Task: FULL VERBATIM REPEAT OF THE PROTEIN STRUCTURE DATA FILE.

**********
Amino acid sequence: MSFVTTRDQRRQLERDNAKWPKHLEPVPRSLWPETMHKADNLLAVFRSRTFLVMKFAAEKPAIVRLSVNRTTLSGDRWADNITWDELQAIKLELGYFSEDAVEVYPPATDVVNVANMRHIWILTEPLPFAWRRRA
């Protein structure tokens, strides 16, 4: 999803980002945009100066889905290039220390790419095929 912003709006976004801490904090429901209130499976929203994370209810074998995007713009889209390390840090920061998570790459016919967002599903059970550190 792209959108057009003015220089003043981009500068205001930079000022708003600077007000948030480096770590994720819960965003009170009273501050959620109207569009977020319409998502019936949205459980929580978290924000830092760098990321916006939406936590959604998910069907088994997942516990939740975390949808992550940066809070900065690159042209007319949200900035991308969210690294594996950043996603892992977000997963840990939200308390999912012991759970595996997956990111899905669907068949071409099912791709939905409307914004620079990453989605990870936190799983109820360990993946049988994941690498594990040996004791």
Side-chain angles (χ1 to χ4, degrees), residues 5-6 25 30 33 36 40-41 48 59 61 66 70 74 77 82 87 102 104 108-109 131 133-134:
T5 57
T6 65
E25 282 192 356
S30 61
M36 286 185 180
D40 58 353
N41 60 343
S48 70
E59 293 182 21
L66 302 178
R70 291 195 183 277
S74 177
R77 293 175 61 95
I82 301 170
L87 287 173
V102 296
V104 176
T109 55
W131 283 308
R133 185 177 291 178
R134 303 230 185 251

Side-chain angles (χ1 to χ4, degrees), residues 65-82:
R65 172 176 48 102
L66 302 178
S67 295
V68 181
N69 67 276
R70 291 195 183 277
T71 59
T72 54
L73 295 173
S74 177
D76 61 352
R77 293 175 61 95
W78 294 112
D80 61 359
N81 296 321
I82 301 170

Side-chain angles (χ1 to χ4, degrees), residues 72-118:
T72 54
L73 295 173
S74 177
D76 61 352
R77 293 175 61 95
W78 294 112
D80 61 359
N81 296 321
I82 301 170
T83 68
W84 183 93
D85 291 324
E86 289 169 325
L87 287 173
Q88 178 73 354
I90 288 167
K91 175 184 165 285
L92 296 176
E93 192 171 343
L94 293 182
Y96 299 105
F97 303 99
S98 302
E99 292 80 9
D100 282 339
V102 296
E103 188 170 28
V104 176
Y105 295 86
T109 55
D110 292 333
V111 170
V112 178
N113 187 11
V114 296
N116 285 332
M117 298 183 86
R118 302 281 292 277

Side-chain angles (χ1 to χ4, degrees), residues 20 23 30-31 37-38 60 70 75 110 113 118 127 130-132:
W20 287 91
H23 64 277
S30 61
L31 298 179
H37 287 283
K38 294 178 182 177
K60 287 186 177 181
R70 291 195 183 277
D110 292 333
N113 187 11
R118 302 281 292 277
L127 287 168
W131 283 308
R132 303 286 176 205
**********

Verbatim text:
Amino acid sequence: MSFVTTRDQRRQLERDNAKWPKHLEPVPRSLWPETMHKADNLLAVFRSRTFLVMKFAAEKPAIVRLSVNRTTLSGDRWADNITWDELQAIKLELGYFSEDAVEVYPPATDVVNVANMRHIWILTEPLPFAWRRRA
């Protein structure tokens, strides 16, 4: 999803980002945009100066889905290039220390790419095929 912003709006976004801490904090429901209130499976929203994370209810074998995007713009889209390390840090920061998570790459016919967002599903059970550190 792209959108057009003015220089003043981009500068205001930079000022708003600077007000948030480096770590994720819960965003009170009273501050959620109207569009977020319409998502019936949205459980929580978290924000830092760098990321916006939406936590959604998910069907088994997942516990939740975390949808992550940066809070900065690159042209007319949200900035991308969210690294594996950043996603892992977000997963840990939200308390999912012991759970595996997956990111899905669907068949071409099912791709939905409307914004620079990453989605990870936190799983109820360990993946049988994941690498594990040996004791």
Side-chain angles (χ1 to χ4, degrees), residues 5-6 25 30 33 36 40-41 48 59 61 66 70 74 77 82 87 102 104 108-109 131 133-134:
T5 57
T6 65
E25 282 192 356
S30 61
M36 286 185 180
D40 58 353
N41 60 343
S48 70
E59 293 182 21
L66 302 178
R70 291 195 183 277
S74 177
R77 293 175 61 95
I82 301 170
L87 287 173
V102 296
V104 176
T109 55
W131 283 308
R133 185 177 291 178
R134 303 230 185 251

Side-chain angles (χ1 to χ4, degrees), residues 65-82:
R65 172 176 48 102
L66 302 178
S67 295
V68 181
N69 67 276
R70 291 195 183 277
T71 59
T72 54
L73 295 173
S74 177
D76 61 352
R77 293 175 61 95
W78 294 112
D80 61 359
N81 296 321
I82 301 170

Side-chain angles (χ1 to χ4, degrees), residues 72-118:
T72 54
L73 295 173
S74 177
D76 61 352
R77 293 175 61 95
W78 294 112
D80 61 359
N81 296 321
I82 301 170
T83 68
W84 183 93
D85 291 324
E86 289 169 325
L87 287 173
Q88 178 73 354
I90 288 167
K91 175 184 165 285
L92 296 176
E93 192 171 343
L94 293 182
Y96 299 105
F97 303 99
S98 302
E99 292 80 9
D100 282 339
V102 296
E103 188 170 28
V104 176
Y105 295 86
T109 55
D110 292 333
V111 170
V112 178
N113 187 11
V114 296
N116 285 332
M117 298 183 86
R118 302 281 292 277

Side-chain angles (χ1 to χ4, degrees), residues 20 23 30-31 37-38 60 70 75 110 113 118 127 130-132:
W20 287 91
H23 64 277
S30 61
L31 298 179
H37 287 283
K38 294 178 182 177
K60 287 186 177 181
R70 291 195 183 277
D110 292 333
N113 187 11
R118 302 281 292 277
L127 287 168
W131 283 308
R132 303 286 176 205